The NSA has, of course, refused to comment, but an anonymous former NSA employee told Reuters that the NSA had been working on technology that was identical to many of the programs unearthed by Kaspersky.

The specifics of the different malwares are complicated, but the capabilities developed by the Equation Group amount to the cyber equivalent of the Manhattan project—the most sophisticated offensive cyber weapons yet created. The Equation Group uses a number of different viruses to infect its targets. Depending on the program, once infected, the software checks to see if the computer is a desired target, often by checking where in the world the computer is located. Once the software determines whether the computer is a valid target, the code either deletes itself, or carries out its program, allowing the attacker to gain control of the information on the computer and the computer network.

The Equation Group’s most advanced malware, dubbed GRAYFISH, operates in ways that Kaspersky Labs says have never been seen before. Once the GRAYFISH module is downloaded, either by USB or by the traditional virus delivery system—visiting certain websites—GRAYFISH rewrites the firmware of the hard drive, something not seen before.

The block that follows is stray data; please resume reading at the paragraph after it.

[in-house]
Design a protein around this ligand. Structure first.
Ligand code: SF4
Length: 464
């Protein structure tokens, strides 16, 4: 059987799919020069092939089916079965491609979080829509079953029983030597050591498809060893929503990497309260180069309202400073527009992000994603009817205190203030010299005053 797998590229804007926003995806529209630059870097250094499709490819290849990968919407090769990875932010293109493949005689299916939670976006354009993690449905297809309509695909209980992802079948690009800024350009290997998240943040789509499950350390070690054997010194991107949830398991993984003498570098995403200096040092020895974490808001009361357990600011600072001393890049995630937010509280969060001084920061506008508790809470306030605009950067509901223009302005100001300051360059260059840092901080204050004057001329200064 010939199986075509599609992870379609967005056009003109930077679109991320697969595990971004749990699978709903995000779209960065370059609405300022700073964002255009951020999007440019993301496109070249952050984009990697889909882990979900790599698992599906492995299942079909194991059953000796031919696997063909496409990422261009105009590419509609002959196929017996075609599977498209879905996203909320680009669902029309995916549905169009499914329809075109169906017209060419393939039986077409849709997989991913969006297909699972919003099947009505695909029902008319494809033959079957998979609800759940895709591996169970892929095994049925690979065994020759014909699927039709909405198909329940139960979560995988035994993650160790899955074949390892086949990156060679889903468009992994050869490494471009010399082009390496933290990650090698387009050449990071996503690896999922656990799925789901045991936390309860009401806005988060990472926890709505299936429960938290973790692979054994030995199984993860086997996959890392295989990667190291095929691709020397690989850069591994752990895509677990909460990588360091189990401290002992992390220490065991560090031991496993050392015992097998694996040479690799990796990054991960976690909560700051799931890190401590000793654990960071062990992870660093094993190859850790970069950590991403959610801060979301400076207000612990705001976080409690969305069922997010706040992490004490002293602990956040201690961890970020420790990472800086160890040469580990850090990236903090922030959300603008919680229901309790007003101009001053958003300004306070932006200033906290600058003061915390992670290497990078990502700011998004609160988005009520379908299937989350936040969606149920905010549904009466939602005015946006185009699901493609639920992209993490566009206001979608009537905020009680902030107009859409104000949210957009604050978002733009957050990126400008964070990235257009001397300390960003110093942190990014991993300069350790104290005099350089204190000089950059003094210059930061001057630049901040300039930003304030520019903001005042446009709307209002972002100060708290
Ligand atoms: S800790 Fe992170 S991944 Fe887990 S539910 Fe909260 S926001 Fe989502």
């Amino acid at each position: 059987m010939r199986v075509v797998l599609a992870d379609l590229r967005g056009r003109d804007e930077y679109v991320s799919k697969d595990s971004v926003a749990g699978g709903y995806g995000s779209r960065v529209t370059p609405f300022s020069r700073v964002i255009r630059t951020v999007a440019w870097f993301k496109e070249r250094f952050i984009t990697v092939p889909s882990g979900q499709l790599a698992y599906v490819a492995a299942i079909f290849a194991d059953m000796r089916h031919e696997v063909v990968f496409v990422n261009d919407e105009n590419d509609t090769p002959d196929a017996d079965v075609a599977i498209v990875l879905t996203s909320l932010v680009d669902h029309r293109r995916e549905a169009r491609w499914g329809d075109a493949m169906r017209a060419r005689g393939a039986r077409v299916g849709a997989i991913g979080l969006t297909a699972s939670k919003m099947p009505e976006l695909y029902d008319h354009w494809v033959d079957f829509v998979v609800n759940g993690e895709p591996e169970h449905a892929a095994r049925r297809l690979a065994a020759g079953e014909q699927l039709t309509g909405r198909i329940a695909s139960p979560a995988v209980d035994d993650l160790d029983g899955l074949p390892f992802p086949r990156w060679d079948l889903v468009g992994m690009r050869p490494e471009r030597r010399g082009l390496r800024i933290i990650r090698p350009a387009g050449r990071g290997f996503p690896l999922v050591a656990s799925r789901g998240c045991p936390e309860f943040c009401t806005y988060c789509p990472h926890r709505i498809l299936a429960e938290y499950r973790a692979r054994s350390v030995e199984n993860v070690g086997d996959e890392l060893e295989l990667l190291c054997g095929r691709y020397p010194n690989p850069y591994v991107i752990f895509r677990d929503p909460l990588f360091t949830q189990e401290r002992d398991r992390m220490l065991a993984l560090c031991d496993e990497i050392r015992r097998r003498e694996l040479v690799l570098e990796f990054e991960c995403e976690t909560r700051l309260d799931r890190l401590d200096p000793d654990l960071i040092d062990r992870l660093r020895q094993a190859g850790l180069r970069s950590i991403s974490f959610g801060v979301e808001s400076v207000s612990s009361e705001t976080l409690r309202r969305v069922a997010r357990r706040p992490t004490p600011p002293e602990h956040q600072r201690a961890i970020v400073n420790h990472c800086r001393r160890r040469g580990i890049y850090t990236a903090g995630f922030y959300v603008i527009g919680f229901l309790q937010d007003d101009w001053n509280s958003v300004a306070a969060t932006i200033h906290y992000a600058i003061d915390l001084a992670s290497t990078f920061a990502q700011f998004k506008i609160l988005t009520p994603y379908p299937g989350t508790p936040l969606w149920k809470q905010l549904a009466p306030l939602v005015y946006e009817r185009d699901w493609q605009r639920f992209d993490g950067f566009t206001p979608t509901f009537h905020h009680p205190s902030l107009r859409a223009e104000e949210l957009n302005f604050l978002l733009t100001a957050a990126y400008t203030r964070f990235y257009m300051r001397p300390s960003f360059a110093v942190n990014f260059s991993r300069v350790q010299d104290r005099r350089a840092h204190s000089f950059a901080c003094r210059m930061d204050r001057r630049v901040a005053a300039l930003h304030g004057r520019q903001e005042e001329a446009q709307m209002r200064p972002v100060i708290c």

The firmware—the software that controls the electronics that the rest of the computer is stored on—is very low level, and controls how the computer turns on. All code has to go through the operating system, which itself is booted by the firmware. By rewriting the firmware, which is put on the hard drive by its manufacturer, the malware controls the entire operating system. Because the code has rewritten the hard drive firmware, there is no way to delete it. The only way to get rid of GRAYFISH is to physically destroy the hard drive.

What makes this so technologically impressive is that the code has to be rewritten to exploit every different brand of hard drive. Kaspersky Labs discovered that GRAYFISH has code to infect twelve different hard drive brands, which means that the Equation Group developed twelve unique exploits. As Wired writer Kim Zetter writes, this gives the Equation Group the ability to hide small bits of information, such as passwords, beyond the reach of anti-viruses. If the information on the computer is encrypted, then they can store the unencrypted version outside the reach of encryption software.

No current computer is safe. Computers can remain uninfected only if they are not targeted, or if they are outfitted with new hard drives with protected firmware, which first requires designing new hard drives, and then installing them in all computers.

The Equation Group revelations raise a number of troubling concerns. Private space is disappearing, with the US and the NSA effectively declaring war against the world’s encryption standards. The US has taken on the creed that national security trumps the rights and property of peoples in other nations. The list of victims extends beyond extremists and people who can be credibly labeled as terrorists. The technology for encrypting and for stealing secrets is so new that the international community has little understanding of the ramifications, but the NSA isn’t afraid of trailblazing. But whether American citizens will tolerate the new Manhattan Project has yet to be seen.


Will Craft